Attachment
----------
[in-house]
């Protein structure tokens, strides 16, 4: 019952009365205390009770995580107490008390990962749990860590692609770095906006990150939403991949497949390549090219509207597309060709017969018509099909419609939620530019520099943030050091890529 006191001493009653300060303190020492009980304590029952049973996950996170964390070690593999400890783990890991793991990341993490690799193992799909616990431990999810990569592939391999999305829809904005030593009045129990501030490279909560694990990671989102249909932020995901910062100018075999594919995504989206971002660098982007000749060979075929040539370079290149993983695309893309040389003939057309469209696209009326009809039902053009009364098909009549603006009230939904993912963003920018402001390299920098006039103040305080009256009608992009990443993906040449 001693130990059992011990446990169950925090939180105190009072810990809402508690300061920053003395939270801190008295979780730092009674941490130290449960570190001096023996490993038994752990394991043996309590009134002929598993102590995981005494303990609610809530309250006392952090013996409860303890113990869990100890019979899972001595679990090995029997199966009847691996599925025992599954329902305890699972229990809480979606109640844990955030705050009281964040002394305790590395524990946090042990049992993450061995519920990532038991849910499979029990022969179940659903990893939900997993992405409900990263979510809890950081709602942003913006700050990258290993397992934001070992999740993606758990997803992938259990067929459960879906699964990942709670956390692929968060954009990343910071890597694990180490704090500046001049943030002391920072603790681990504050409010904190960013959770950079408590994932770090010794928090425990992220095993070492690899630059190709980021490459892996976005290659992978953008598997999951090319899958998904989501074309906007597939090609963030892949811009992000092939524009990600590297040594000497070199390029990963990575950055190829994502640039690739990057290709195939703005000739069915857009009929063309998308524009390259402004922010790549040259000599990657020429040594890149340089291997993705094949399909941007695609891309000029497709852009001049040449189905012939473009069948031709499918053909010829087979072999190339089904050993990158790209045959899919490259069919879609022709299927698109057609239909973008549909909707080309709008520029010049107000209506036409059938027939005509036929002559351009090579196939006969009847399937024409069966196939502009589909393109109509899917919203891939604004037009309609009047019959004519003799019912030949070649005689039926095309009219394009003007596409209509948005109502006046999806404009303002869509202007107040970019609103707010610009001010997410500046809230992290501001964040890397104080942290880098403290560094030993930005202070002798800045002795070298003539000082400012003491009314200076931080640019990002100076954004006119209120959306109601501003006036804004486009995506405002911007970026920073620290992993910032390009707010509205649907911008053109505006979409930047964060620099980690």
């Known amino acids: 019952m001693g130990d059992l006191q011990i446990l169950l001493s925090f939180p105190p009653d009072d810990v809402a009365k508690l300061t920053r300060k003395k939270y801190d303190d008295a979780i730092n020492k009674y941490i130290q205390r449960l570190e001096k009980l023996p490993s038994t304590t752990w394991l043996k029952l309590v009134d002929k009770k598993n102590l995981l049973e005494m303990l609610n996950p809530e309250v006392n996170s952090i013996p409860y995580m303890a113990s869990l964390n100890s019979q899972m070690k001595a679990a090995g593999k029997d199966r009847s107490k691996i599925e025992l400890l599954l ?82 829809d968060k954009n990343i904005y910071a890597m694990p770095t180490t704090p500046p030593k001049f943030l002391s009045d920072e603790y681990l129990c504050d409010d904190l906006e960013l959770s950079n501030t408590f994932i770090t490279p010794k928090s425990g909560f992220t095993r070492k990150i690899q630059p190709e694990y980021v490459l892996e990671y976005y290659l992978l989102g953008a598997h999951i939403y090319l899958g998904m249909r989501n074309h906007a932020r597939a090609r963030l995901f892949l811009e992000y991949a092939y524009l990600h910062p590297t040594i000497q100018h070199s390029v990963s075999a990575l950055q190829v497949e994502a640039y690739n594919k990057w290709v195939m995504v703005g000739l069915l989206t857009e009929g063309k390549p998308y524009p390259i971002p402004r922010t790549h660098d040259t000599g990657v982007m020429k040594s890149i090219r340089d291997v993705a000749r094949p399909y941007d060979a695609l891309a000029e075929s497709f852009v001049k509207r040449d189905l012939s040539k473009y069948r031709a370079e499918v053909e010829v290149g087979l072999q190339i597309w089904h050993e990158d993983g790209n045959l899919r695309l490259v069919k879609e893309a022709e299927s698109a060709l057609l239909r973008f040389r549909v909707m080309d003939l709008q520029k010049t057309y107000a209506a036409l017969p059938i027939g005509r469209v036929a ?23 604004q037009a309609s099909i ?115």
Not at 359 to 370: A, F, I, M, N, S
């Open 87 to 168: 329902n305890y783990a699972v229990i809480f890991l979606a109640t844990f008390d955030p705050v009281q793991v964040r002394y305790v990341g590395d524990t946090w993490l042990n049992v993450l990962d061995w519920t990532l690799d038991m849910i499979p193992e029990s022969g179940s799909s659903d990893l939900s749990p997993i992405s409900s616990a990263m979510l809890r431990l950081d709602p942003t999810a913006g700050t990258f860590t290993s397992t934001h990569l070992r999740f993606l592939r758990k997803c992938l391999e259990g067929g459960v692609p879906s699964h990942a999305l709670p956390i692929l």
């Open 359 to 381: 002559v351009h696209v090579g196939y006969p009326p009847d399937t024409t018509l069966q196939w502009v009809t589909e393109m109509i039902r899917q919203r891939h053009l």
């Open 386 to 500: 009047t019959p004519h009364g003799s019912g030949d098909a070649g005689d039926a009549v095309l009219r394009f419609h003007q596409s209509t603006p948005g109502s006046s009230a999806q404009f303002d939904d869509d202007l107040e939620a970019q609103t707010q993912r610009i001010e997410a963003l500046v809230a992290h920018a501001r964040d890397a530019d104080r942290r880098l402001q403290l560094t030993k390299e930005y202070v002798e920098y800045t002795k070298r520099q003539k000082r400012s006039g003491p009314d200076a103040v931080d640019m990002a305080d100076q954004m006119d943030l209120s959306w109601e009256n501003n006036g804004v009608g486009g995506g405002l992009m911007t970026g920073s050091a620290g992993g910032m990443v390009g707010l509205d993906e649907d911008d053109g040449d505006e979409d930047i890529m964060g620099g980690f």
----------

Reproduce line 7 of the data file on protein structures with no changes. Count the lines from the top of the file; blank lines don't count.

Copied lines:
């Open 386 to 500: 009047t019959p004519h009364g003799s019912g030949d098909a070649g005689d039926a009549v095309l009219r394009f419609h003007q596409s209509t603006p948005g109502s006046s009230a999806q404009f303002d939904d869509d202007l107040e939620a970019q609103t707010q993912r610009i001010e997410a963003l500046v809230a992290h920018a501001r964040d890397a530019d104080r942290r880098l402001q403290l560094t030993k390299e930005y202070v002798e920098y800045t002795k070298r520099q003539k000082r400012s006039g003491p009314d200076a103040v931080d640019m990002a305080d100076q954004m006119d943030l209120s959306w109601e009256n501003n006036g804004v009608g486009g995506g405002l992009m911007t970026g920073s050091a620290g992993g910032m990443v390009g707010l509205d993906e649907d911008d053109g040449d505006e979409d930047i890529m964060g620099g980690f």